CIO Symmetry

Aug 13 2008   2:24PM GMT

America fails – miserably – to capture Internet equality medal

Glen Weaver Profile: The Weave

Here’s a shocker: Broadband in the U.S. isn’t up to snuff and because of that our children will fall behind the rest of the world.

So we learn from a new report by speedmatters.org, er, the Communication Workers of America, er, the AFL-CIO.

According to the report, the U.S. is lagging far behind other developed countries in broadband speed. Median download speed for the nation is a measly 2.3 mbps. Compare that to Japan, where the median download speed is apparently 63 mbps. France, for a European example, pulls 17 mbps. Our neighbors to the north aren’t great – 7.6 mbps – but still, that’s better.

Data in the report was compiled by cataloging the results of voluntary upload/download speed tests by users nationwide. The report breaks it down by state. Rhode Island comes out the best, pulling a 6.8 mbps download median. Puerto Rico finishes dead last at a .5 mbps download median. Behind that is Alaska with a .8 mbps median.

The results favor densely populated areas, with rural counties and states dragging the numbers down. This could explain why Japan has done so well.

So take report statements like “At this rate, it will take the United States more than 100 years to catch up with current Internet speeds in Japan” with a block of salt.

Still, it’s hard to argue with what speedmatters.org/CWA/AFL-CIO stands for here: Universal Internet access and an end to the digital divide.

The deck has always been stacked in America. That “haves” and “have-nots” thing is no joke. The Internet is a must-have for any meaningful economic success. Failing to provide quality access to rural and poor children, who have few powerful advocates, will only serve to exacerbate the shameful disenfranchisement.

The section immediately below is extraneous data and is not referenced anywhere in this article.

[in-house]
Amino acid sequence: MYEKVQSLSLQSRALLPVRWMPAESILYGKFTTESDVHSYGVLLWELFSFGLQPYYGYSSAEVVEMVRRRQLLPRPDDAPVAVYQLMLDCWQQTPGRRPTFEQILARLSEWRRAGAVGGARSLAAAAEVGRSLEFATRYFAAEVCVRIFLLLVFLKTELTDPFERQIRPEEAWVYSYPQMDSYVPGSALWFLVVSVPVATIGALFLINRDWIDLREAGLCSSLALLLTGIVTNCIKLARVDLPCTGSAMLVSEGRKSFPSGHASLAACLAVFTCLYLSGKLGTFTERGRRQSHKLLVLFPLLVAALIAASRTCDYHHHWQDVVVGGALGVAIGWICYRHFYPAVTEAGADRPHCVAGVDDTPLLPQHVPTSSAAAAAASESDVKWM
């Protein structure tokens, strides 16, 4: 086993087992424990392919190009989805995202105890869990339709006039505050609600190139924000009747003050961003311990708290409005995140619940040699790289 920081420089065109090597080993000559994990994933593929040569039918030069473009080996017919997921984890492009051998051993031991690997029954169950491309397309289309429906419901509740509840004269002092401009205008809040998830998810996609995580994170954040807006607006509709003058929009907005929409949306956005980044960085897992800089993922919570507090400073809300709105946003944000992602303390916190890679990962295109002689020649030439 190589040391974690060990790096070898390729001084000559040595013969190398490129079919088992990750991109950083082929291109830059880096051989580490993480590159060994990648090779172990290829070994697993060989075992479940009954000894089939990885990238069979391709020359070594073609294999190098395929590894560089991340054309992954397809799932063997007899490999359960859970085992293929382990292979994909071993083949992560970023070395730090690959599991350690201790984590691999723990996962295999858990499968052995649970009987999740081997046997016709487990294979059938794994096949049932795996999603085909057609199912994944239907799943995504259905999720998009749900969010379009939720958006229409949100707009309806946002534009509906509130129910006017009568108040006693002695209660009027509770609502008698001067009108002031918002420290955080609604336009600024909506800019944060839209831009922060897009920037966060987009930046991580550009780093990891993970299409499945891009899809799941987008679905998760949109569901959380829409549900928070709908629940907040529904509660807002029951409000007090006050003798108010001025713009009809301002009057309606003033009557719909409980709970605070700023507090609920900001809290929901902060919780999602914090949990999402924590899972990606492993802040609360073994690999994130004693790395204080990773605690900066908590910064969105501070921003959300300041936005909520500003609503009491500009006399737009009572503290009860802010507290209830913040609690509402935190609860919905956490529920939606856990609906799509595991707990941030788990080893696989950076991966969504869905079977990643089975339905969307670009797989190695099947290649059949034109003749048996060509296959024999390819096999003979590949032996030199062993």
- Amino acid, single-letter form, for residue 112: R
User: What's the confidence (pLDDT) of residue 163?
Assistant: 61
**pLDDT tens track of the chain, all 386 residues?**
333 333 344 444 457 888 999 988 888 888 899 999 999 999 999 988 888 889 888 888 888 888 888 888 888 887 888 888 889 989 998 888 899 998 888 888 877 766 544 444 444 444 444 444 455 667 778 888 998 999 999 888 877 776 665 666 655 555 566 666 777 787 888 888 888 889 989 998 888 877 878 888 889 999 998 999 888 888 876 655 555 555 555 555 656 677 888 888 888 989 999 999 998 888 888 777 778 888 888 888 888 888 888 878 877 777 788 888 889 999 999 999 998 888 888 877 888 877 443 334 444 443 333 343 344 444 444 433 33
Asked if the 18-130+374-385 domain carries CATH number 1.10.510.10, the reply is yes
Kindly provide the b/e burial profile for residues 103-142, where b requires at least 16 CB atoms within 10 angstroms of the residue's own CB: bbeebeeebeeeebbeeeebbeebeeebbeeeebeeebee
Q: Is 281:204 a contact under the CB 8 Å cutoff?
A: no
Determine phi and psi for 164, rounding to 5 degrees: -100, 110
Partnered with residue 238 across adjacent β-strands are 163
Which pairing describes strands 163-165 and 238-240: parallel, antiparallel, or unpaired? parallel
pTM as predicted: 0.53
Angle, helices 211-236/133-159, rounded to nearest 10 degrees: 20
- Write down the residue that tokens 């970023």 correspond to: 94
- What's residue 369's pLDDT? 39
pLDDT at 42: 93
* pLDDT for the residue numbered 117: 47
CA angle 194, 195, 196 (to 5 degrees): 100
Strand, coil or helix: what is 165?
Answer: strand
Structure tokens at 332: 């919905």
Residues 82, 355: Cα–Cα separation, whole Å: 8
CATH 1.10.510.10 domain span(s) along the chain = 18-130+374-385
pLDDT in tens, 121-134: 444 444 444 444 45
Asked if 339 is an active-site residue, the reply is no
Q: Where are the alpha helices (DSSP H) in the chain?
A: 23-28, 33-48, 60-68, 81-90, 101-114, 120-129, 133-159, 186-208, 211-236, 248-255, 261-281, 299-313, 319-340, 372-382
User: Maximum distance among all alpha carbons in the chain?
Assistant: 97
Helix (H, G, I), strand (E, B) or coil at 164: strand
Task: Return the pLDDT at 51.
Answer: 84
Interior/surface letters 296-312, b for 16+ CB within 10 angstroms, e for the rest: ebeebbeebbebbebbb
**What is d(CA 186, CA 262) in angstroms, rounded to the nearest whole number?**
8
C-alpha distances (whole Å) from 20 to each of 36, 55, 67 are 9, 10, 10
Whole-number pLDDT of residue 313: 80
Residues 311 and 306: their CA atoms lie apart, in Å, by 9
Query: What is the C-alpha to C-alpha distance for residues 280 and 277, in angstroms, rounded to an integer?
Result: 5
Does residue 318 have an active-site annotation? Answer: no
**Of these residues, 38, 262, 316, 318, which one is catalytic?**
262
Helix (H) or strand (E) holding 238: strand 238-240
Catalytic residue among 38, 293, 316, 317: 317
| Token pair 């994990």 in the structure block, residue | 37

Meanwhile, our president tells Bob Costas that “I don’t see America having problems” and we’re all supposed to sit back and smile because we’re ahead in the medal count.[kml_flashembed movie="http://www.youtube.com/v/keN12U2coK8" width="425" height="350" wmode="transparent" /]

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  • Rolandwartenberg
    Hi, i couldn't more agree. I am a german citizen. When we moved to US for the first time in 2000 (actually, to Santa Clara in the middle of Silicon Valley) i was fascinated by the speed of the internet connection. Those times we got DSL from our local phone provider, with 1.5 mbps, much higher as what we had at home in Germany. In 2002 we moved back there, and moved again to US in 2006, this time to Cupertino; we actually live a copule of blocks away from Apple's headquarters. And guess which speed we could get from our local phone provider again? 1.5 mbps. Today, in 2008, it's getting better, now having 16 mbps via cable, but compared to what you can get in Europe that is still not the same. And remember: we're not living in the middle of nowhere, this is Silicon Valley what we are talking about. One has to admit that the guys from AT&T, Verizon, Comcast, etc. work a lot on the extension of the network regarding speed etc. but it really looks like US is some years behind compared to Europe or Japan. What can we do tohether to change that? Regards, Roland
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